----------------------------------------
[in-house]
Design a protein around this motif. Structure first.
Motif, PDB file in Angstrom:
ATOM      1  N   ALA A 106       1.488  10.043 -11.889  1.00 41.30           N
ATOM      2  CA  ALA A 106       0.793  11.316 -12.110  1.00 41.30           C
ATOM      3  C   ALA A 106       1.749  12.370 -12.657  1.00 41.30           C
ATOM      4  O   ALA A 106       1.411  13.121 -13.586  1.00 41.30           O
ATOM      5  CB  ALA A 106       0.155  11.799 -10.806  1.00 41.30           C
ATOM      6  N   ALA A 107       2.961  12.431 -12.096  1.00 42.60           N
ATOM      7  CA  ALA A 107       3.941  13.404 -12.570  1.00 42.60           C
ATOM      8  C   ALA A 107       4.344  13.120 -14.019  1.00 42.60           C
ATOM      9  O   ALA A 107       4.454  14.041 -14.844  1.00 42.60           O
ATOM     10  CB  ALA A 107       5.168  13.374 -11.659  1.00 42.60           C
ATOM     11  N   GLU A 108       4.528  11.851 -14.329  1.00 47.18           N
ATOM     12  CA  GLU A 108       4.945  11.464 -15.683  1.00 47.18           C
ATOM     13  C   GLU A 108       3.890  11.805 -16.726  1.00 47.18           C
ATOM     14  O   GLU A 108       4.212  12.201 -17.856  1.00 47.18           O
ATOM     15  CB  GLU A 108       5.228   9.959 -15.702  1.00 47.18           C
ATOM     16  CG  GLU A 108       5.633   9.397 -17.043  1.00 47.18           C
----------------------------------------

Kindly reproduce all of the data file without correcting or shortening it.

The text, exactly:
[in-house]
Design a protein around this motif. Structure first.
Motif, PDB file in Angstrom:
ATOM      1  N   ALA A 106       1.488  10.043 -11.889  1.00 41.30           N
ATOM      2  CA  ALA A 106       0.793  11.316 -12.110  1.00 41.30           C
ATOM      3  C   ALA A 106       1.749  12.370 -12.657  1.00 41.30           C
ATOM      4  O   ALA A 106       1.411  13.121 -13.586  1.00 41.30           O
ATOM      5  CB  ALA A 106       0.155  11.799 -10.806  1.00 41.30           C
ATOM      6  N   ALA A 107       2.961  12.431 -12.096  1.00 42.60           N
ATOM      7  CA  ALA A 107       3.941  13.404 -12.570  1.00 42.60           C
ATOM      8  C   ALA A 107       4.344  13.120 -14.019  1.00 42.60           C
ATOM      9  O   ALA A 107       4.454  14.041 -14.844  1.00 42.60           O
ATOM     10  CB  ALA A 107       5.168  13.374 -11.659  1.00 42.60           C
ATOM     11  N   GLU A 108       4.528  11.851 -14.329  1.00 47.18           N
ATOM     12  CA  GLU A 108       4.945  11.464 -15.683  1.00 47.18           C
ATOM     13  C   GLU A 108       3.890  11.805 -16.726  1.00 47.18           C
ATOM     14  O   GLU A 108       4.212  12.201 -17.856  1.00 47.18           O
ATOM     15  CB  GLU A 108       5.228   9.959 -15.702  1.00 47.18           C
ATOM     16  CG  GLU A 108       5.633   9.397 -17.043  1.00 47.18           C